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This Dictionary Time Machine Tells You Which Words Were First Printed the Year You Were Born

Illustration for article titled This Dictionary Time Machine Tells You Which Words Were First Printed the Year You Were Bornem/em
Screenshot: Merriam-Webster

In 2018, the Oxford English Dictionary added words like beerfest, jumbotron, modder, antifa, binge-watch, and nothingburger, reflecting the awful, awful times we live in. But have you ever wondered what words officially entered our lexicon the year you were born? Probably not, but it turns out Merriam-Webster’s Time Traveler tool is a fascinating archive of when certain technologies, trends, or pop-culture references came to be.

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Illustration for article titled This Dictionary Time Machine Tells You Which Words Were First Printed the Year You Were Bornem/em
Screenshot: Merriam-Webster

For example, one Gizmodo staffer discovered that the phrase, “elephant in the room” first appeared in print only as far back as 1985! You’d assume such a common saying would have been popularized as far back as colonial times when the British Crown ruled India and elephants were far more common than they were in England. But according to Merriam-Webster’s records, it first appeared in print only 33 years ago.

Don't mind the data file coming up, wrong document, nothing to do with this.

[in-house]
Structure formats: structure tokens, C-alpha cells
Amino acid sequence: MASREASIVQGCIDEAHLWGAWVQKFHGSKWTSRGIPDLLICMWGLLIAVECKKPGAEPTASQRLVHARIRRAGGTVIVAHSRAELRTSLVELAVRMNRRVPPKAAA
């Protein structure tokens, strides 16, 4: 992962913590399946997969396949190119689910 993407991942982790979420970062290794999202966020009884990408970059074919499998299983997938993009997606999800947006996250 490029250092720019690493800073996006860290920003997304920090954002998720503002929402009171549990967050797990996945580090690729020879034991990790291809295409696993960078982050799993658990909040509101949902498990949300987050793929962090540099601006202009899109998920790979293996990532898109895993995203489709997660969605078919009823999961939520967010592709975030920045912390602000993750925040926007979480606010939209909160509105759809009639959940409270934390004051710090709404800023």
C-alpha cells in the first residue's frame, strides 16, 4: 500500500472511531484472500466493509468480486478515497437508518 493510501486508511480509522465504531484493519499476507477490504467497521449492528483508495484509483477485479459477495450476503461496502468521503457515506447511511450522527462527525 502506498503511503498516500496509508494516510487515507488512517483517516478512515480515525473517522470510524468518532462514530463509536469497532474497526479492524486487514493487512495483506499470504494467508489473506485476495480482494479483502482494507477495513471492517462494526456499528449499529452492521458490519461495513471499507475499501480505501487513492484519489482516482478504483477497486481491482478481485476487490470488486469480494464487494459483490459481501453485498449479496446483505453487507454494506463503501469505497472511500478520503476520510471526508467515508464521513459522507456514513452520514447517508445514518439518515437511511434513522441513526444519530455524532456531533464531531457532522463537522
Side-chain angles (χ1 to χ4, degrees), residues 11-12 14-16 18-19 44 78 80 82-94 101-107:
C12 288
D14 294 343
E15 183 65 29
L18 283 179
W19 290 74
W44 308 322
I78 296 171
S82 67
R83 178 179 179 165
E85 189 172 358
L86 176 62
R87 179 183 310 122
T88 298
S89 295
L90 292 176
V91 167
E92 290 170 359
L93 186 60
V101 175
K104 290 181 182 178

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Illustration for article titled This Dictionary Time Machine Tells You Which Words Were First Printed the Year You Were Bornem/em
Screenshot: Merriam-Webster

Yours truly was born in 1977, which apparently saw the first use of many phrases common in tech today including ‘optical disk,’ ‘Moore’s Law,’ ‘karaoke,’ and ‘text message.’ Even the word ‘techy’ only first appeared in print some 41 years ago, coinciding with the birth of the first personal computers.

Any surprises pop up in the year you were born? Or any phrases that make you feel older than you thought you were? Share them in the comments below.

[Merriam-Webster via Slorum]

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DISCUSSION

Another case of piss-poor journalism from the Gizmodo crew.  Where’s the link to the tool?  Nowhere in the article.  There’s a link to the OED and a link to Gizmodo for Moore’s Law, but the links to the tool are in the captions for the images (which most people would either ignore or think linked to a lightbox for the images).  The web is made for linking......blog articles are perfect for this.